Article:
Colorado health insurers have asked state regulators to approve rate increases for health insurance plans averaging about six percent in the individual and seven percent for small groups, according to data released today by the Colorado Division of Insurance.

That’s less of a price increase than last year’s uptick but still bad news for consumers, say progressive watchdogs, who blame Republicans for driving up health insurance rates by attacking the Affordable Care Act (ACA), also called Obamacare, and by blocking state laws that could have stabilized prices.

“For a change, most Coloradans aren’t facing massive hikes in their health insurance premiums for next year,” said Adam Fox, director of strategic engagement for the Colorado Consumer Health Initiative (CCHI) in a news release. “This really shows the strength of the Affordable Care Act, that despite ongoing GOP sabotage, Colorado’s insurance premiums are more stable this year. However, Coloradans are still struggling to afford their insurance after big rate hikes last year. Coloradans will still see a range of proposed premium changes ranging from -2.64 percent to 21.6 percent in the individual insurance market depending on their insurer and plan.”

In recent years, rural regions of Colorado saw the biggest increase in health insurance premiums. But the rate of such increases appears to have slowed.

“Consumers in the Western and Mountain regions of the state won’t be hit by double-digit increases this year. In fact, they’ll see Anthem asking for a small decrease in their rates,” said Fox. “Even so, considering last year Anthem requested a rate increase of over 30 percent, affordability is still a big concern for Coloradans in these areas. We could have seen more and larger rate decreases this year if it weren’t for the ongoing GOP sabotage creating uncertainty.”

Next year, seven companies in Colorado will be offering insurance plans through Connect for Health for individuals. They are: Anthem (as HMO Colorado), Bright Health, Cigna Health and Life, Denver Health Medical Plans, Friday Health Plans, Kaiser Foundation Health Plan of Colorado and Rocky Mountain HMO.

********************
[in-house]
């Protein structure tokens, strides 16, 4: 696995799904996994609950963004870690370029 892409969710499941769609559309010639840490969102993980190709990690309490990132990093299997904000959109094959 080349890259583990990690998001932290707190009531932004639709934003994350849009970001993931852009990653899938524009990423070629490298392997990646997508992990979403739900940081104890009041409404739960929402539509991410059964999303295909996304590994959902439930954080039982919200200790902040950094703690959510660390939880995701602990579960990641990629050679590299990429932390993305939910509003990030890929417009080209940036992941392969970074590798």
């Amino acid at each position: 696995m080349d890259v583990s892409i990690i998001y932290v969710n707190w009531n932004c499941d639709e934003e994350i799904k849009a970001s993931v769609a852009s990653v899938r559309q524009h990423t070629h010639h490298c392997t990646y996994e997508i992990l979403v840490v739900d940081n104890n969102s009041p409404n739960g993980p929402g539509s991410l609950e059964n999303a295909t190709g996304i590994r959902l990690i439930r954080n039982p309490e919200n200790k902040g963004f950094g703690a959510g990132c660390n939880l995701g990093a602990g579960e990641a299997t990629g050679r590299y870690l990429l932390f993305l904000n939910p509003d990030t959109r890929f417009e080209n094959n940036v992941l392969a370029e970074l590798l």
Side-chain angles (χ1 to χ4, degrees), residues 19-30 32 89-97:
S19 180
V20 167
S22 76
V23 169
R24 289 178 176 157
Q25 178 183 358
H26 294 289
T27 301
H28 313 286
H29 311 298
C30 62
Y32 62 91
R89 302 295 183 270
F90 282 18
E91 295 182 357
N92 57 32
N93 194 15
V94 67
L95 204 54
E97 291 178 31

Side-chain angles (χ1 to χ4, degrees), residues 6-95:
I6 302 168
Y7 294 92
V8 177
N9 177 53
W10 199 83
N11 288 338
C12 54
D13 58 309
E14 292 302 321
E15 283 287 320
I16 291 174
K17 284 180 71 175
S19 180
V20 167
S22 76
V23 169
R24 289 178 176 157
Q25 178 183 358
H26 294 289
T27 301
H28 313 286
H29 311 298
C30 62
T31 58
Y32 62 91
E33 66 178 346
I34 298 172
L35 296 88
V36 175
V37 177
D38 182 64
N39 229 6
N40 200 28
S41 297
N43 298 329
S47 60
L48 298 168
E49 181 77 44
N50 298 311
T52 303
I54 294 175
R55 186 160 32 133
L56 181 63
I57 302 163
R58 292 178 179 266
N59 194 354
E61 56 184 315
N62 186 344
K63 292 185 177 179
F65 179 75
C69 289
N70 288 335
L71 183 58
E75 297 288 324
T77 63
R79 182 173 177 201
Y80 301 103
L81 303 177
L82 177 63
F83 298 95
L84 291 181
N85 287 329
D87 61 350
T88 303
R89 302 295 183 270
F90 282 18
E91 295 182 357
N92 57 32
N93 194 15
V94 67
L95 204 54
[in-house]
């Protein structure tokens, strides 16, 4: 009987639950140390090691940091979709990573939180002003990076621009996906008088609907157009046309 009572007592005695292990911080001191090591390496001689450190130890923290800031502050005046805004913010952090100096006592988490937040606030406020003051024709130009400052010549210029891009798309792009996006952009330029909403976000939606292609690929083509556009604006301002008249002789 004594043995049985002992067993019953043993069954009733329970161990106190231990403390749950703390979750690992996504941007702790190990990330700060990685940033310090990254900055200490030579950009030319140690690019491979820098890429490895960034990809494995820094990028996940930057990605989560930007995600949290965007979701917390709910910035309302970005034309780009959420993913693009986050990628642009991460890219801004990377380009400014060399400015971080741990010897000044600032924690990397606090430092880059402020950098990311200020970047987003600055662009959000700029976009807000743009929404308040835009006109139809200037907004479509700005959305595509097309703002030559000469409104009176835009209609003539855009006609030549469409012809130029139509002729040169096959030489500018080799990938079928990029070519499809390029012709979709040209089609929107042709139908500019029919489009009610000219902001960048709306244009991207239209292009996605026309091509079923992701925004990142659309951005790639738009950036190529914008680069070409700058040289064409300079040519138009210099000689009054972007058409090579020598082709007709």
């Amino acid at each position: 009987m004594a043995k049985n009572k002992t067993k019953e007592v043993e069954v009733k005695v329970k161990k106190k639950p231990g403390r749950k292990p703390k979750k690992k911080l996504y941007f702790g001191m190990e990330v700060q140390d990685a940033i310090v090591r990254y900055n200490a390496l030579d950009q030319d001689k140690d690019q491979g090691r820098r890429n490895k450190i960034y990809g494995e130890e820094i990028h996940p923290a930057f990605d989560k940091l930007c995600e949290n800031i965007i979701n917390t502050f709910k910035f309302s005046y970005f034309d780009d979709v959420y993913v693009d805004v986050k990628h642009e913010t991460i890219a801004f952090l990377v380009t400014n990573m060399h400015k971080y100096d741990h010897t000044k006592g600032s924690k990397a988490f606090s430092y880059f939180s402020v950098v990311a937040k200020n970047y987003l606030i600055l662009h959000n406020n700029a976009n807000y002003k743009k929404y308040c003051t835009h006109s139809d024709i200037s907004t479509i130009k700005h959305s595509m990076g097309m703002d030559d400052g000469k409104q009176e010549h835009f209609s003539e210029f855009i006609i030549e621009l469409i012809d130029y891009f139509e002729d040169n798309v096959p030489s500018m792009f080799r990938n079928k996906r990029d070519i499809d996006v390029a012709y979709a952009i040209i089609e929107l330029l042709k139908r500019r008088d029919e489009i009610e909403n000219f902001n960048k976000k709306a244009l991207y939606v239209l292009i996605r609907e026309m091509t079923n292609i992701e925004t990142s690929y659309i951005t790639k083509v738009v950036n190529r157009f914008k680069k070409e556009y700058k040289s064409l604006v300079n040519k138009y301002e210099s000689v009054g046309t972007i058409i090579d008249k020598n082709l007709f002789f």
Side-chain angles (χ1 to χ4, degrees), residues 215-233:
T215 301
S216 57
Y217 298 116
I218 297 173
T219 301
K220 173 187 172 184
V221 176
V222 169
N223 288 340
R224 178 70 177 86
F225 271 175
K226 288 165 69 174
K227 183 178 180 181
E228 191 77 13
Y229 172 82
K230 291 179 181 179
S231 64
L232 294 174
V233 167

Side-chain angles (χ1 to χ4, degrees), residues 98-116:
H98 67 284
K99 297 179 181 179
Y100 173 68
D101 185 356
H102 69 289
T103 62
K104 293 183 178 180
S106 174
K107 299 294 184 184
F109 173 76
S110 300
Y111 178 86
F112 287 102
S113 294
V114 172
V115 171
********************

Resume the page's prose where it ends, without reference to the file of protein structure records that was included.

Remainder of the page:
These are the same same companies that sold insurance to on the individual market last year in Colorado, and as in the past, all counties in Colorado will have at least one on-exchange company selling individual health plans.

In total, sixteen companies will offer insurance in Colorado, including those firms that offer group plans.

Kaiser, with the bulk of the individual market enrollments through Connect for Health Colorado, has requested a 7.49 percent increase, Bright Health a 9.7 percent increase, Friday Health Plans 7.5 percent. Rocky Mountain HMO has requested 5.69 percent, and Cigna is asking for a 8.76 percent increase for their plans.

“I’m very pleased to see that we kept the same seven companies selling on-exchange plans,” said Interim Colorado Division of Insurance Commissioner Michael Conway in a news release. “Last year we worked hard to keep them in Colorado and I think that work is reflected in their decisions for 2019.”

Gold Dome Sexual Harassment: Only An Election Can Fix This

Senate President Kevin Grantham.

As the Colorado Independent’s John Herrick reports, a few members of the Colorado General Assembly convened yesterday as a “Legislative Workplace Interim Study Committee,” to address an issue that dominated the headlines during the 2018 session of the legislature: what has been exposed to be a pervasive and well-entrenched culture of sexual harassment by lawmakers against lobbyists, legislative staffers, and even fellow elected officials.

Certainly no one can object to a meeting to address this crisis, which resulted in the expulsion of one lawmaker this year and what should have been career-ending allegations against at least one other. Unfortunately, as Herrick explains, there’s little reason to be optimistic that this committee will be able to effectively tackle the problem.

And why, you ask? Because Republicans and Democrats on this committee do not agree on the facts of what happened this year or what to do about it:

Senate President Kevin Grantham, a Republican, mostly dismissed sexual misconduct complaints brought against three members of his party: Baumgardner, Sen. Jack Tate of Centennial and Larry Crowder of Alamosa. In the House, Duran, a Democrat, called on Lebsock to resign before an investigation into allegations of harassment were completed. She also stripped him and Rep. Paul Rosenthal, who was accused of making unwanted sexual advances on another gay man at a political event in 2012, of their committee leadership positions. Duran dismissed the complaint against Rosenthal because the allegations occurred before he was in office.